Metabolic syndrome (syndrome X) is a constellation of symptoms that includes obesity, hyperglycemia, hypertension, and dyslipidemia. It is a significant risk factor for T2DM and cardiovascular disease. Diagnosis requires at least three of the five findings: elevated fasting glucose, hypertension, hypertriglyceridemia, hypercholesterolemia, and increased waist circumference. Abdominal obesity, as measured by waist circumference, contributes to insulin resistance in both metabolic syndrome and T2DM.

Lastly, mature-onset diabetes of youth (MODY) is an autosomal dominant syndrome characterized by non-insulin-dependent diabetes at a young age. MODY presents similarly to T2DM, with insulin resistance being a prominent feature in both conditions.

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How does Type 1 diabetes mellitus (T1DM) develop at the cellular level?

T1DM is an autoimmune disorder where the immune system mistakenly targets and destroys pancreatic beta cells located in the islets of Langerhans. This autoimmune response is primarily mediated by CD8+ killer T-cells that have lost self-tolerance, and is further facilitated by B-cells that produce autoantibodies against beta cells following activation by CD4+ helper T-cells. Common targets for these autoantibodies include glutamic acid decarboxylase and insulin. The autoimmune destruction, often linked to specific polymorphisms in MHC class 2 molecules like HLA-DR3 and DR4, results in an absolute deficiency of insulin due to the loss of functional beta cells.

What are the acute clinical symptoms of Type 1 diabetes mellitus?

The immediate clinical manifestations of T1DM are diverse and stem from an absolute insulin deficiency. This deficiency leads to increased glycogenolysis and gluconeogenesis, resulting in hyperglycemia and glucosuria. The condition also triggers polyuria and polydipsia due to elevated plasma osmolality. Additional symptoms include weight loss from the breakdown of fat and muscle, excessive hunger despite losing weight, and the risk of severe hyperglycemic crises like diabetic ketoacidosis. These symptoms occur because the body cannot effectively transport glucose into peripheral cells for energy.

What abnormalities occur in the pancreas in Type 1 diabetes mellitus (T1DM)?

In T1DM, the pancreatic tissue often exhibits lymphocytic infiltration, appearing as a dense collection of blue cells primarily composed of T-cells. This autoimmune attack leads to a reduction in both the size and number of the pancreatic islets of Langerhans. In histological examinations, these endocrine cells within the islets appear paler compared to the surrounding exocrine acinar cells, which remain largely unaffected by the autoimmune process.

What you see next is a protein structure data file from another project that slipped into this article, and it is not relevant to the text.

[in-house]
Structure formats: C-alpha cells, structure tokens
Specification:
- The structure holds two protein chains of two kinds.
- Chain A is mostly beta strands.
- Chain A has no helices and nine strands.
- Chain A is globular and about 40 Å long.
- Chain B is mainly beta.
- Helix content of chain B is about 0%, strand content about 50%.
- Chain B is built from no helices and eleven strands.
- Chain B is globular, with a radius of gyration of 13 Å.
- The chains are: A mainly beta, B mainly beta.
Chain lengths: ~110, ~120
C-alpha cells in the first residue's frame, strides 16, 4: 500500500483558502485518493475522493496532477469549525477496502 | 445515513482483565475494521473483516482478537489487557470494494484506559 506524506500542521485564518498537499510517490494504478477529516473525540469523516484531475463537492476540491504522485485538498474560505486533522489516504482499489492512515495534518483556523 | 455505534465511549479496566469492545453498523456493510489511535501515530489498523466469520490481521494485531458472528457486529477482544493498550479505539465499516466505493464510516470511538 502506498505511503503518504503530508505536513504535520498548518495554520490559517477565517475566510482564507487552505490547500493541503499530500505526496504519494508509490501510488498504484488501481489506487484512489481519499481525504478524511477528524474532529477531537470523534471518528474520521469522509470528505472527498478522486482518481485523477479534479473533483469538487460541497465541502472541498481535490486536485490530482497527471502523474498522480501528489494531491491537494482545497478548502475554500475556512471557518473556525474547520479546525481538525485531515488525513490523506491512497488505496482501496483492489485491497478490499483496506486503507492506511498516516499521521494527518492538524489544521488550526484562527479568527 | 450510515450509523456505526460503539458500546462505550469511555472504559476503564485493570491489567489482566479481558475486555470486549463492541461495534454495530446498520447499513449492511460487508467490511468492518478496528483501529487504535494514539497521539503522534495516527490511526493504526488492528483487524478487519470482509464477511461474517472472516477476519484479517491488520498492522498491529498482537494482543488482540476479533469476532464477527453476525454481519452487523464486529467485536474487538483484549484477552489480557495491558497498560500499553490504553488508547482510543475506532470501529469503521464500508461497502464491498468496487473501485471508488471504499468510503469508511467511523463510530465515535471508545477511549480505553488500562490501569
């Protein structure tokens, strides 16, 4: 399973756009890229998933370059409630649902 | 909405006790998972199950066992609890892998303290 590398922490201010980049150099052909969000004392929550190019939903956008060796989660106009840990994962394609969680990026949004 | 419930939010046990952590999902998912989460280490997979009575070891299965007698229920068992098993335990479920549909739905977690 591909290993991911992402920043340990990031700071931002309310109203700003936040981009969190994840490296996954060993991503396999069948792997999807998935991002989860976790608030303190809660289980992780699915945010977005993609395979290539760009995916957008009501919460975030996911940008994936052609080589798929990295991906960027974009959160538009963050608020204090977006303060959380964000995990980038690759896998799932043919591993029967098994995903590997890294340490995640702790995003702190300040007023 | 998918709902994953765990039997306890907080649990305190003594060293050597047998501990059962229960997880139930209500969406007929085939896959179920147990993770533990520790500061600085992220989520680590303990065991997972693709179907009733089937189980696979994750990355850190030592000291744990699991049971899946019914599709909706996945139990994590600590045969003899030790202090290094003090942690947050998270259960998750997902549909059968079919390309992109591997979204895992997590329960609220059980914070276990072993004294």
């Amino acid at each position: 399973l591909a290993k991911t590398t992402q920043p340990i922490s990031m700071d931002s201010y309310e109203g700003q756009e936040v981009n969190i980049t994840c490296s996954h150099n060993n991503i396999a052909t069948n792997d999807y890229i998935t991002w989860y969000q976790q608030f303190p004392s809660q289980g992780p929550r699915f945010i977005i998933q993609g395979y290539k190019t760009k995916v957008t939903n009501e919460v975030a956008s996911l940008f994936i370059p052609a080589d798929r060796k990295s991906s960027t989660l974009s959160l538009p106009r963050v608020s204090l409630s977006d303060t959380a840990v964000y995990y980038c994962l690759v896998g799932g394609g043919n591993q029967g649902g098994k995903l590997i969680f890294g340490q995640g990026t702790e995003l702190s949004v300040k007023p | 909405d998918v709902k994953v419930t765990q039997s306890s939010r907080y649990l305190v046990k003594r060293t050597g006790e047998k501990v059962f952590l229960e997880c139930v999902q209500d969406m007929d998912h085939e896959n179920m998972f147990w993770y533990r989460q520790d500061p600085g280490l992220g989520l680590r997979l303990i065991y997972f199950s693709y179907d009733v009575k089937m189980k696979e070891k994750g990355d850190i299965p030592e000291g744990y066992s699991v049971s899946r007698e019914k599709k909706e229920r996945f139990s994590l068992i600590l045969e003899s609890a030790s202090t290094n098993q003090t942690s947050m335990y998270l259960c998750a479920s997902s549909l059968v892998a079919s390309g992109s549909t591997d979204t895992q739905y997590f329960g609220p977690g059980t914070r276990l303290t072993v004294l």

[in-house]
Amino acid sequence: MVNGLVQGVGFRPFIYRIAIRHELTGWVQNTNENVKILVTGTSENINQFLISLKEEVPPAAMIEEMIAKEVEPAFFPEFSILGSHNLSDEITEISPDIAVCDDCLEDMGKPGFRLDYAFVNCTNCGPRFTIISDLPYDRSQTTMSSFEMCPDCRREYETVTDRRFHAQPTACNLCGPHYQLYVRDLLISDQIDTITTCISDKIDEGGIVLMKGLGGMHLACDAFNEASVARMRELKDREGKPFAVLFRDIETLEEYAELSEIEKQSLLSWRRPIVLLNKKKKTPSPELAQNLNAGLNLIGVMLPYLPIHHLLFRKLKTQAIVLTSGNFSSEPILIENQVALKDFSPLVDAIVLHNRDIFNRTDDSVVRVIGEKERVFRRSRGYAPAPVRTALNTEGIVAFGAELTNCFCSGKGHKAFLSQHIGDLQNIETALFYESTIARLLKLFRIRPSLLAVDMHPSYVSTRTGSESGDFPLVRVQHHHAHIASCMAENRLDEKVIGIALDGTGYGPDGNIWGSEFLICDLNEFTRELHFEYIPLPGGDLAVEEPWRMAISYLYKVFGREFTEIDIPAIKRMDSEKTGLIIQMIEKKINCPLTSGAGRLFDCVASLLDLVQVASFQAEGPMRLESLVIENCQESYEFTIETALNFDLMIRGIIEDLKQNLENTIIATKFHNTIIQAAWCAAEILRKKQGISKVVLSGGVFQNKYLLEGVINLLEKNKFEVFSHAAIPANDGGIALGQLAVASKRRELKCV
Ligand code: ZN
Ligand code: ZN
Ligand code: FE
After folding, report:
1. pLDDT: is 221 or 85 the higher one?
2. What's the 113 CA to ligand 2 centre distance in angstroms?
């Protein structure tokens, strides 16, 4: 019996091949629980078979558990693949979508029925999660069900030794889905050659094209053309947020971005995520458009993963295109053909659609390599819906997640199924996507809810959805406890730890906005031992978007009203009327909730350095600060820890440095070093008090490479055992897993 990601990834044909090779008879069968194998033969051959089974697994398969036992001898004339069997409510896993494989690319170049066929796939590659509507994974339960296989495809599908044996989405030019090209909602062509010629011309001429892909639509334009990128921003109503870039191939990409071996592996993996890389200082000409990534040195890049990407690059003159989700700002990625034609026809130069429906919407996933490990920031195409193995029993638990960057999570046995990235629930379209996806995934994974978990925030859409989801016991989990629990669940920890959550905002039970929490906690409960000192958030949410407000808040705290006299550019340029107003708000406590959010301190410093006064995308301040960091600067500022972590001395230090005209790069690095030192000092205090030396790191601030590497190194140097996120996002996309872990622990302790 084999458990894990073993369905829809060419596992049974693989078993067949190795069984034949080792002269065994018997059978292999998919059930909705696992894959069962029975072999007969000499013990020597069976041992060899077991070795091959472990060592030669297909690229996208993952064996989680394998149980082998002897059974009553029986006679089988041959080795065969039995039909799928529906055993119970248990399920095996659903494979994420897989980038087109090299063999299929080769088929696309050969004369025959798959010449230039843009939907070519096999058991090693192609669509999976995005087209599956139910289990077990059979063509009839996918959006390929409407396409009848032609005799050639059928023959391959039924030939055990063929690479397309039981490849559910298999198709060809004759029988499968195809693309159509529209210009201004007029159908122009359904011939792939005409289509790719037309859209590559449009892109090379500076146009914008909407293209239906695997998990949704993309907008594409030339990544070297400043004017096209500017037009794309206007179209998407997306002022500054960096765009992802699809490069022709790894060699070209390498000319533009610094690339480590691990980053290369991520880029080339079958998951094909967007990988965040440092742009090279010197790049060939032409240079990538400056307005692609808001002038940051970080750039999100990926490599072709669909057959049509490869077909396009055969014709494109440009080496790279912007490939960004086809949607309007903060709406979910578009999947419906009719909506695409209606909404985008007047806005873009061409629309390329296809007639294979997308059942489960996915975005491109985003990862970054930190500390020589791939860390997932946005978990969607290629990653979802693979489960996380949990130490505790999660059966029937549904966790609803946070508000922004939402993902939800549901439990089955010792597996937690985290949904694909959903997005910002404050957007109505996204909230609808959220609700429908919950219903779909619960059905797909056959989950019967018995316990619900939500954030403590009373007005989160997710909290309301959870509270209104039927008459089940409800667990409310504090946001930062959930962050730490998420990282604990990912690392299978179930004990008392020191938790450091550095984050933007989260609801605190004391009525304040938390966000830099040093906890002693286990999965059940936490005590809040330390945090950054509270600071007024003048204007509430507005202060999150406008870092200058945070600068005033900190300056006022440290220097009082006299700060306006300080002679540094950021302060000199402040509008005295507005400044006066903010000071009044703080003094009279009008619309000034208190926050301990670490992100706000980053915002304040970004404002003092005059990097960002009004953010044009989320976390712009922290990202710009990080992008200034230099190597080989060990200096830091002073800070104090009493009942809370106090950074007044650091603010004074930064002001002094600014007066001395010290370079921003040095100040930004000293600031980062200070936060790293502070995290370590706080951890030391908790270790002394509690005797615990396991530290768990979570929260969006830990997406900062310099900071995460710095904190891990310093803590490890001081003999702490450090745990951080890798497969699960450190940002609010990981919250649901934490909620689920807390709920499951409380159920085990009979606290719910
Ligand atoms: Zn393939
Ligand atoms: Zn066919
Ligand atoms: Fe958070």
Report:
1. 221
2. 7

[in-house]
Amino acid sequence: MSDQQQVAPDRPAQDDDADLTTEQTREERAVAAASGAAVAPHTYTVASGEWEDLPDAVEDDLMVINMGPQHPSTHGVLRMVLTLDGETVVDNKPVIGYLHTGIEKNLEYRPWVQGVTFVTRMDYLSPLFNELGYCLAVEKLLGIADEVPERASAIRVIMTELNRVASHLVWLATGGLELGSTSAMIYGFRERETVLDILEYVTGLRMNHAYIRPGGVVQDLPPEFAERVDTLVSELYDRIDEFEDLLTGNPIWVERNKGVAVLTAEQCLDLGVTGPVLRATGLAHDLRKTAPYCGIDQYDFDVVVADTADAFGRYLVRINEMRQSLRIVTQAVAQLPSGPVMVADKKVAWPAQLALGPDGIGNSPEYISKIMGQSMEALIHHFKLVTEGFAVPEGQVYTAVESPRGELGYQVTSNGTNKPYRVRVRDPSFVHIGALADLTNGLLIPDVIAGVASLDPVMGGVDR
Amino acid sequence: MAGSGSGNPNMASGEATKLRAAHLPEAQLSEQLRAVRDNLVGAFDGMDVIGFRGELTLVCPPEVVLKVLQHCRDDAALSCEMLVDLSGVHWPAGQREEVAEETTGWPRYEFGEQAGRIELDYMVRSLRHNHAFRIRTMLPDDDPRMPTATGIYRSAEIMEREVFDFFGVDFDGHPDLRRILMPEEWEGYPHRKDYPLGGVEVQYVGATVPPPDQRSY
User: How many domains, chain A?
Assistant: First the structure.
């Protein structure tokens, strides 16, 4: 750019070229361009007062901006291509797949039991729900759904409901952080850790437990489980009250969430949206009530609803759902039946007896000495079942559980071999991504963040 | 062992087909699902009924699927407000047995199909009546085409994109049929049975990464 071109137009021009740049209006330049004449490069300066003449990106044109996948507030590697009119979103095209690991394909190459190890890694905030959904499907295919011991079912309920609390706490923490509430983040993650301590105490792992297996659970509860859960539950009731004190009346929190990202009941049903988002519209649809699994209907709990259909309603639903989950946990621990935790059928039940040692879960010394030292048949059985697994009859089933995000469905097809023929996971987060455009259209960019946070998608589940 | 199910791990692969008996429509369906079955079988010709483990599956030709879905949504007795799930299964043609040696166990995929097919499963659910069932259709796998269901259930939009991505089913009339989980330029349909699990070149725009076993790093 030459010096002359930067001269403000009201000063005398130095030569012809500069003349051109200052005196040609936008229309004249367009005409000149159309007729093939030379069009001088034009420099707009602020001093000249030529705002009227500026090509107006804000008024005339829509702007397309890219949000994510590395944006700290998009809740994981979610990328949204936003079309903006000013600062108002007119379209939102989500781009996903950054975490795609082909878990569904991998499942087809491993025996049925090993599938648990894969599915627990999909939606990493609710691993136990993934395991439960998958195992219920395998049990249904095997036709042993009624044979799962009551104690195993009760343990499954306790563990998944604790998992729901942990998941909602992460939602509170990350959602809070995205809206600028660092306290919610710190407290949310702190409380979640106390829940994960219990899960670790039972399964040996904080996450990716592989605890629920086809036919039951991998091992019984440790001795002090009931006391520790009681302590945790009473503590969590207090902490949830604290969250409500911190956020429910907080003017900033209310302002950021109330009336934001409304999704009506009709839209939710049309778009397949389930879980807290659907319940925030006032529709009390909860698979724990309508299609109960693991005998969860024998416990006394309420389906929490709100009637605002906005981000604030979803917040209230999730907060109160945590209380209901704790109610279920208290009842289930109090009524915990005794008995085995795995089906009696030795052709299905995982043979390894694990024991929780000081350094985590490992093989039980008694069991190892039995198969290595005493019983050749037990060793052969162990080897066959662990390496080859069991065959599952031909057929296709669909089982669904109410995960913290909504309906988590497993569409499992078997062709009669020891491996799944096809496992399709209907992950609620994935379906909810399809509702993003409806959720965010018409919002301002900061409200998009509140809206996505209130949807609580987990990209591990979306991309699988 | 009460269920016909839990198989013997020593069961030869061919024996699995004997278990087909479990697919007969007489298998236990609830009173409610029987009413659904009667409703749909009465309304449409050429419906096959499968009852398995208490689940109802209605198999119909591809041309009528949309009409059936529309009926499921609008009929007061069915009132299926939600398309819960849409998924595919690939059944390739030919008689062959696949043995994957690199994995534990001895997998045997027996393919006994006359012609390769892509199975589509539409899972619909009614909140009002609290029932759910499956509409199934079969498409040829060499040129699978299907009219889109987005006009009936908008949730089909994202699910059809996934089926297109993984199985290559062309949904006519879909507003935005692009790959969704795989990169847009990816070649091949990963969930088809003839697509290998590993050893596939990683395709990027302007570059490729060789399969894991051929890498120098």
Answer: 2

What changes occur in pancreatic beta cells in response to Type 2 diabetes mellitus (T2DM)?

In T2DM, pancreatic beta cells initially increase insulin production to compensate for insulin resistance. Over time, they fail to maintain this elevated output, leading to 'beta-cell burnout.' This dysfunction is influenced by intracellular accumulation of glucose and free fatty acids, which induce cytokine release. Additionally, amylin aggregation, co-secreted with insulin, may also be involved in or result from this beta-cell dysfunction.

How is metabolic syndrome related to Type 2 diabetes mellitus (T2DM)?

Metabolic syndrome is a significant risk factor for the development of T2DM. It is characterized by a constellation of symptoms including abdominal obesity, hyperglycemia, hypertension, and dyslipidemia. Insulin resistance is a common feature in both conditions, often exacerbated by excessive visceral abdominal adipose tissue. A diagnosis of metabolic syndrome requires at least three of five of the findings: elevated fasting glucose, hypertension, hypertriglyceridemia, hypercholesterolemia, increased waist circumference. Metabolic syndrome significantly increases the likelihood of developing T2DM (3-5x) and cardiovascular disease (2x).